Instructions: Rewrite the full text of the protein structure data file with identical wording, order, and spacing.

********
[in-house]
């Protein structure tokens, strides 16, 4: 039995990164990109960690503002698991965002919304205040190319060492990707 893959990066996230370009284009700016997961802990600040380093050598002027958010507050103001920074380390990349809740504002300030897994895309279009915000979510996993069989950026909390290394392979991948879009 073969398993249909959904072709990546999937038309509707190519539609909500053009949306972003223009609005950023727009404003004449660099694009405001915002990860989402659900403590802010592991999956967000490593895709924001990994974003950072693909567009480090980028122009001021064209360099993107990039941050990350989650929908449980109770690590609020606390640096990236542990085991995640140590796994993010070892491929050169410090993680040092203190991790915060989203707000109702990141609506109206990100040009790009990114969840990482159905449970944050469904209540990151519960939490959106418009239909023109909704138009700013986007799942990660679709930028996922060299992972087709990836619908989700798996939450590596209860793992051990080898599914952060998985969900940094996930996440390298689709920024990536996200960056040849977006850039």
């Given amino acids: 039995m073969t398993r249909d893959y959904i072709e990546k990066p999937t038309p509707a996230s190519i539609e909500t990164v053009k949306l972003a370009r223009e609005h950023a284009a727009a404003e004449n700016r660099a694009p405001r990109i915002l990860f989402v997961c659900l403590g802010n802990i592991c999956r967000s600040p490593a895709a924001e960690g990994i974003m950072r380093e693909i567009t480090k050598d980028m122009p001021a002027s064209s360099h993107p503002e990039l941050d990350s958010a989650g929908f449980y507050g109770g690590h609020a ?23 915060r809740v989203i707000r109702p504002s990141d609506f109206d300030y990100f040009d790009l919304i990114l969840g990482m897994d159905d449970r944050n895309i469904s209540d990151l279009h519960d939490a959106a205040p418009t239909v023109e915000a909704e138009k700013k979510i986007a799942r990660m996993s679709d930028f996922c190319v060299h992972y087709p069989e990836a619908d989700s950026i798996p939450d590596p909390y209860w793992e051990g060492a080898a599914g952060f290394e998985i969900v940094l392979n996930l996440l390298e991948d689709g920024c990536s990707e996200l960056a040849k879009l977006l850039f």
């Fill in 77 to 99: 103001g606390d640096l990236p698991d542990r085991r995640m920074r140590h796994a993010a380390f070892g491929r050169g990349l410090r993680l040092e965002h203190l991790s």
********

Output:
[in-house]
């Protein structure tokens, strides 16, 4: 039995990164990109960690503002698991965002919304205040190319060492990707 893959990066996230370009284009700016997961802990600040380093050598002027958010507050103001920074380390990349809740504002300030897994895309279009915000979510996993069989950026909390290394392979991948879009 073969398993249909959904072709990546999937038309509707190519539609909500053009949306972003223009609005950023727009404003004449660099694009405001915002990860989402659900403590802010592991999956967000490593895709924001990994974003950072693909567009480090980028122009001021064209360099993107990039941050990350989650929908449980109770690590609020606390640096990236542990085991995640140590796994993010070892491929050169410090993680040092203190991790915060989203707000109702990141609506109206990100040009790009990114969840990482159905449970944050469904209540990151519960939490959106418009239909023109909704138009700013986007799942990660679709930028996922060299992972087709990836619908989700798996939450590596209860793992051990080898599914952060998985969900940094996930996440390298689709920024990536996200960056040849977006850039």
């Given amino acids: 039995m073969t398993r249909d893959y959904i072709e990546k990066p999937t038309p509707a996230s190519i539609e909500t990164v053009k949306l972003a370009r223009e609005h950023a284009a727009a404003e004449n700016r660099a694009p405001r990109i915002l990860f989402v997961c659900l403590g802010n802990i592991c999956r967000s600040p490593a895709a924001e960690g990994i974003m950072r380093e693909i567009t480090k050598d980028m122009p001021a002027s064209s360099h993107p503002e990039l941050d990350s958010a989650g929908f449980y507050g109770g690590h609020a ?23 915060r809740v989203i707000r109702p504002s990141d609506f109206d300030y990100f040009d790009l919304i990114l969840g990482m897994d159905d449970r944050n895309i469904s209540d990151l279009h519960d939490a959106a205040p418009t239909v023109e915000a909704e138009k700013k979510i986007a799942r990660m996993s679709d930028f996922c190319v060299h992972y087709p069989e990836a619908d989700s950026i798996p939450d590596p909390y209860w793992e051990g060492a080898a599914g952060f290394e998985i969900v940094l392979n996930l996440l390298e991948d689709g920024c990536s990707e996200l960056a040849k879009l977006l850039f």
């Fill in 77 to 99: 103001g606390d640096l990236p698991d542990r085991r995640m920074r140590h796994a993010a380390f070892g491929r050169g990349l410090r993680l040092e965002h203190l991790s």